The principle of keeping things simple may well turn out to be critical in gaining widespread acceptance of environmental reporting requirements.
Simon Thomas is chief executive at Trucost, a research consultancy which specialises in measuring the impact companies have on the environment. He refers to a recent report compiled by consultants Mercer which identifies that trustees are expected to monitor how effectively their SIP is feeding through to the investment managers.
The report shows that trustees can’t see what is being done because there is no data. Thomas points out: “The reason that investment managers don’t factor in SRI is a lack of data from companies. We need to complete the virtuous circle by improving the dialogue between investors and companies on environmental matters.”
The problem of a lack of data derives from the complex framework for reporting on social and environmental impact. This originates in the EU commission’s 2001 recommendation stating that environmental information is “often disclosed in a variety of non-harmonised ways among companies” and that “there is little guidance directly related to such matters and no specific international accounting standard solely focused on environmental issues”.
The government has implemented an enabling framework – called the operating and financial review (OFR) so that listed companies are required to consider environmental, employee and social issues alongside financial information. OFR became law in April and all annual reports should have an OFR by 2006.
But there have been problems. “Lots of companies have resisted the OFR,” says Thomas. “They saw it simply as more reporting and therefore more overhead. They feel burdened by the volume of reporting – and complain that investors never ask them about these matters anyway.”
He explains that UK companies are feeling overwhelmed by the volume of disclosure that the OFR requires, just as US companies found it difficult and expensive to comply with the new accounting regulations that followed the Enron debacle. Quality has often suffered as a result: “There is far too much corporate hot air,” he says.
Thomas adds: “At present only 10% of FTSE companies are disclosing to the minimum level that the government is asking for. So the government asked us to look at their guidelines.”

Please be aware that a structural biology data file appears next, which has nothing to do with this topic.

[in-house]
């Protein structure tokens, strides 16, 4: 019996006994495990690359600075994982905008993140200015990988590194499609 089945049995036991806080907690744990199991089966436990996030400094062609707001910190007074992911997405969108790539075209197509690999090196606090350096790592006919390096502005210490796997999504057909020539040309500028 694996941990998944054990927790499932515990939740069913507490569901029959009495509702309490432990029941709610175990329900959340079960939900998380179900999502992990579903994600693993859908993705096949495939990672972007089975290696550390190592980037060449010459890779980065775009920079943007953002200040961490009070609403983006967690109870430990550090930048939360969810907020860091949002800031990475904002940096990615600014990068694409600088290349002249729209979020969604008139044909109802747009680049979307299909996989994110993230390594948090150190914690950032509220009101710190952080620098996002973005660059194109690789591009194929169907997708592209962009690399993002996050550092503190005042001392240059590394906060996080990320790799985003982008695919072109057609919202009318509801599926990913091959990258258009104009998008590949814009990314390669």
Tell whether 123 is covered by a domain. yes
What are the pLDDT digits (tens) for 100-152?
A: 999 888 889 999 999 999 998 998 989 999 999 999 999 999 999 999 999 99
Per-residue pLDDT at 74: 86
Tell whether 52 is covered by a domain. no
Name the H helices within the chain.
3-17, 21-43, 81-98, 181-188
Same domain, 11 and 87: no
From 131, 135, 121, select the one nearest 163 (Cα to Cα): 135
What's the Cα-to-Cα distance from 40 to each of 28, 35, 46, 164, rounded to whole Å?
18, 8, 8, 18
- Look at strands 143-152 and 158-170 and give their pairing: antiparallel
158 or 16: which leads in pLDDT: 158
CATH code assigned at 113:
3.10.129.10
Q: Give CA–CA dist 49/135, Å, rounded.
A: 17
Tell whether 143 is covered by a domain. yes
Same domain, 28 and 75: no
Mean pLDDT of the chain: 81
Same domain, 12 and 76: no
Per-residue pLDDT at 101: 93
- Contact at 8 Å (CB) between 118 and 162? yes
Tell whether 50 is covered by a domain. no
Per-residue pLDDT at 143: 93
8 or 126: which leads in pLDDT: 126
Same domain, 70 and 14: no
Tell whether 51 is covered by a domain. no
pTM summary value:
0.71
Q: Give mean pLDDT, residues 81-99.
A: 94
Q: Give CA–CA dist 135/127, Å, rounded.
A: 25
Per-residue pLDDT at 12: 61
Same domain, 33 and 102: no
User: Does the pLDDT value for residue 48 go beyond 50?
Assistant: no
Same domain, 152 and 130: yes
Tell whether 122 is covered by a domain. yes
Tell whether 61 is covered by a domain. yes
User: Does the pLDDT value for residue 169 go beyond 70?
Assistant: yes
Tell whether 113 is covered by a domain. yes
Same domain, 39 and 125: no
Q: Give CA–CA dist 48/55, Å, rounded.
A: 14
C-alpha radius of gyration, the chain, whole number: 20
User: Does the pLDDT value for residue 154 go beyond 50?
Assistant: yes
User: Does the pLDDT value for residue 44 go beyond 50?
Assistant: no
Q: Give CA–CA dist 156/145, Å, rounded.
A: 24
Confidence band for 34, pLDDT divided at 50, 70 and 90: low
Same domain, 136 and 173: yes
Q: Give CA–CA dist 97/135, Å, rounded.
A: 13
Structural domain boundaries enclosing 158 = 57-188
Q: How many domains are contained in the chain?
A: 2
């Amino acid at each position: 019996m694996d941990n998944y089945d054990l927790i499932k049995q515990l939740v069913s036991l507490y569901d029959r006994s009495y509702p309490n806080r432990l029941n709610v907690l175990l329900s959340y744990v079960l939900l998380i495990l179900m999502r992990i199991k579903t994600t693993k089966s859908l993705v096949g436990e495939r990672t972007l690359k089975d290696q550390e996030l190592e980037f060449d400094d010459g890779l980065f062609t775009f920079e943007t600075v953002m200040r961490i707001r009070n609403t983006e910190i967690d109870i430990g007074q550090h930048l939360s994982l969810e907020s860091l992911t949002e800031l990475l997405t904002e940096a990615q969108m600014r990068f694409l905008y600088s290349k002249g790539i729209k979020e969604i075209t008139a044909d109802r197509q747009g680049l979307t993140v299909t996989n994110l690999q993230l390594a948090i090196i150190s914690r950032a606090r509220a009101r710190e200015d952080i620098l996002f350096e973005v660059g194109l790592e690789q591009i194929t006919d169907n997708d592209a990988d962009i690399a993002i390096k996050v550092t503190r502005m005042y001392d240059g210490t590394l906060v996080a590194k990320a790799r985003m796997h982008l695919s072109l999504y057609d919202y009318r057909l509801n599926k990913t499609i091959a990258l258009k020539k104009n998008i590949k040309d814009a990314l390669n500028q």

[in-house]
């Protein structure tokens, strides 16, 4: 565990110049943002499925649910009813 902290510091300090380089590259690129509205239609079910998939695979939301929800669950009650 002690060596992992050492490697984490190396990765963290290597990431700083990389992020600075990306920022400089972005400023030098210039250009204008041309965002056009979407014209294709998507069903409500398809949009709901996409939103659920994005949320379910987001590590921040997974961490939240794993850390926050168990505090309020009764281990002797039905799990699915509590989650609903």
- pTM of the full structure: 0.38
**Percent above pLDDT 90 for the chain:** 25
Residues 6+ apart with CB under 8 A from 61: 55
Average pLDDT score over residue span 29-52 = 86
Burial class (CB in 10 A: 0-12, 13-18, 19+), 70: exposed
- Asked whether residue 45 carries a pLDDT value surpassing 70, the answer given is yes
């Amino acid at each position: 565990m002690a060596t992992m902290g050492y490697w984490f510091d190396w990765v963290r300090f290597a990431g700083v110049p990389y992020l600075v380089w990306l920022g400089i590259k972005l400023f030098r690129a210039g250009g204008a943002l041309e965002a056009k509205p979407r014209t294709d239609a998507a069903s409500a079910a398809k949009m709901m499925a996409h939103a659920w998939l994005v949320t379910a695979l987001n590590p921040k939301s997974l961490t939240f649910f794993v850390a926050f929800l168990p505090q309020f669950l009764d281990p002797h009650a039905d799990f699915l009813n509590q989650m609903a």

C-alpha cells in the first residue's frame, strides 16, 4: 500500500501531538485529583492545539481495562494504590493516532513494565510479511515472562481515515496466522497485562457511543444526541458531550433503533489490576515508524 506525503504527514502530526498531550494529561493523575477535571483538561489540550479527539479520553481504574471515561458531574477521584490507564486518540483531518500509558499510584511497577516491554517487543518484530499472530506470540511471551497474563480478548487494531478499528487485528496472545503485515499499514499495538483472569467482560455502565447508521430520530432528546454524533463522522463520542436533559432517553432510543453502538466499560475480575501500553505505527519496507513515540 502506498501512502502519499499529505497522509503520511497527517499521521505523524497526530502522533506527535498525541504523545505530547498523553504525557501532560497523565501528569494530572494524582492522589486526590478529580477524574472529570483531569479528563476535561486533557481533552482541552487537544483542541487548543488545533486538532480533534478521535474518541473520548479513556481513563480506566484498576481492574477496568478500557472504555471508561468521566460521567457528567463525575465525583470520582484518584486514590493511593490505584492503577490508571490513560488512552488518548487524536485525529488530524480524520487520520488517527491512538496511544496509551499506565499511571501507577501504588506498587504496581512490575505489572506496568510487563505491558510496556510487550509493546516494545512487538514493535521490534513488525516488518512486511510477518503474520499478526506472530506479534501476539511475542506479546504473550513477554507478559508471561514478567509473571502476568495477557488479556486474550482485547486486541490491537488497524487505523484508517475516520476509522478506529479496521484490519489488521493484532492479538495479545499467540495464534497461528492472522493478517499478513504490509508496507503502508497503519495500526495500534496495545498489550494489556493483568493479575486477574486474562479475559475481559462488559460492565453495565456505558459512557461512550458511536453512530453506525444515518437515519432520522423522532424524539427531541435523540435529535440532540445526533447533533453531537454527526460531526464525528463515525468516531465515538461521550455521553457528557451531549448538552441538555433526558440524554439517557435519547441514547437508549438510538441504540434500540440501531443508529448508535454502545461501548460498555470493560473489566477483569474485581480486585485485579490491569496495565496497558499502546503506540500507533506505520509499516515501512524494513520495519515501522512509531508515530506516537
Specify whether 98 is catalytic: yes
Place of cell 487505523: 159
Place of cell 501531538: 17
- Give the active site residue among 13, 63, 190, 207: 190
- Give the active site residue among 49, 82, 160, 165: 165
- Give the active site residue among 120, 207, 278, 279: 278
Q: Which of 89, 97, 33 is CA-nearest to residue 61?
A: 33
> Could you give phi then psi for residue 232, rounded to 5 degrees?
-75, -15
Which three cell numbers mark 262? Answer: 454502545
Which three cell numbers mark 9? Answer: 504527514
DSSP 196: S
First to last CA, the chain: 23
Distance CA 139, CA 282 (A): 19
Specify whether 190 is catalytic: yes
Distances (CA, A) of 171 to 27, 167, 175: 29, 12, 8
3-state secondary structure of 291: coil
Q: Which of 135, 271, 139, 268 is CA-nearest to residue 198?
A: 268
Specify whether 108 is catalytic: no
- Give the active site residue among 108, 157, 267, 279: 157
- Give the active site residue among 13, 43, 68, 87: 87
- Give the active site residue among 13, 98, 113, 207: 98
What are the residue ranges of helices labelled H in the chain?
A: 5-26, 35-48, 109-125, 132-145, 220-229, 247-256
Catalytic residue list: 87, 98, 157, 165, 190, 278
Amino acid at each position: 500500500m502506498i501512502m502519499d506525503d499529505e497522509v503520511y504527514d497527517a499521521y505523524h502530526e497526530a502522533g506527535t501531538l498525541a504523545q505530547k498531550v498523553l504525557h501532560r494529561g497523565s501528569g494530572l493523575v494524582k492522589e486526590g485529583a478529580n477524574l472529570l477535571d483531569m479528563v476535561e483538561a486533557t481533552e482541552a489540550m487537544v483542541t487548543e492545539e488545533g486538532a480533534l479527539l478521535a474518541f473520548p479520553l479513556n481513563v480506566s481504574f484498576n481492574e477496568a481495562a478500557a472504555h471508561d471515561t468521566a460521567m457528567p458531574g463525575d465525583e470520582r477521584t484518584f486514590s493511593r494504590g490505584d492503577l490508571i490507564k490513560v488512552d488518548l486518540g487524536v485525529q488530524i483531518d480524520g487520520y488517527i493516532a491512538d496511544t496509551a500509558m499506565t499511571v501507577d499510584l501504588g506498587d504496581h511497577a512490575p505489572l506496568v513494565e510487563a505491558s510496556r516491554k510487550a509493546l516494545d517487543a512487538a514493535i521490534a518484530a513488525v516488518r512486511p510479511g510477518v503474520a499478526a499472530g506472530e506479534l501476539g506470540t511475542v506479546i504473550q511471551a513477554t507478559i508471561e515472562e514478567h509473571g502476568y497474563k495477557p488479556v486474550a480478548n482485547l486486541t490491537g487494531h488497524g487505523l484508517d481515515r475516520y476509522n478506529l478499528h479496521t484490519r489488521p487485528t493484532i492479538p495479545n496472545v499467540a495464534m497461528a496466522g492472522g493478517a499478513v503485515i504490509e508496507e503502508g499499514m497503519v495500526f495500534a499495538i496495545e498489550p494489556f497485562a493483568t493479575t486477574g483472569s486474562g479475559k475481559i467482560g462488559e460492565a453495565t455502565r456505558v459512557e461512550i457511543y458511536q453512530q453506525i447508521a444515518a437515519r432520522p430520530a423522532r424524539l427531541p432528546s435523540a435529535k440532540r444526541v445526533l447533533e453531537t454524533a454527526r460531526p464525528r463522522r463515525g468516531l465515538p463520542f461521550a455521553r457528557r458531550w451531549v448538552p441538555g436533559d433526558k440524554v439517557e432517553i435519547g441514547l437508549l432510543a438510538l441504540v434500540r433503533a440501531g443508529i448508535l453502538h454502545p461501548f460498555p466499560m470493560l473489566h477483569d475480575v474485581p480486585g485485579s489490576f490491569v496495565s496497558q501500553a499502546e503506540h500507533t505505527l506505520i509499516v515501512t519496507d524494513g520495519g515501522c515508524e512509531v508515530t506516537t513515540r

In parallel with the OFR, the EU Accounts Modernisation Directive introduces requirements for large private companies to include “an analysis of environmental and social aspects necessary for an understanding of the company’s development, performance or position” in an enhanced directors report.
“With all these new regulatory and other pressures companies would appreciate some guidance,” says Thomas. Following the government’s decision to revisit the matter draft guidelines were published in July for the purposes of consultation and the full set will be published in the second week of November.
As stated in the consultation document, the purpose of the guidelines is to:
o Give clear guidance to companies on how to report on their environmental performance using environmental key performance indicators (KPIs);
o Define which KPIs are most relevant to which sectors;
o Set out the business rationale for managing environmental performance using KPIs.
The guidelines set out three main areas against which businesses should consider their environmental performance: direct KPIs, namely the impact which their operations have on the environment directly; the environmental impact of their supply chains and the environmental impact of their products.
As a result of its research Trucost has identified 25 KPIs; there are specific KPIs for each sector – indeed KPIs have been mapped out for over 50 sectors.
The thrust of the new guidelines is simplicity. The consultation document states: “While some companies already have sophisticated reporting systems in place, these guidelines aim to help many more companies reach a level where they understand their environmental performance and can improve it.”
The simplicity lies in the fact that there are 80% of companies which have to report on no more than five KPIs; the remaining 20% of environmentally intensive companies will have to report on 10 KPIs.
In the UK the system will be principles-based allowing directors to decide what they disclose. The principles represent current best practice. “The guidelines will simply recommend to companies what areas they should be reporting on,” says Thomas. “A rules-based system may threaten disclosure because investors and companies would end up spending a lot of time with lawyers.”
There is a requirement for auditors to check the consistency of the figures with the accounts as a whole. “We will see auditors developing their expertise in this area,” says Thomas. “But it is the first time that accounts have required the inclusion of a forward-looking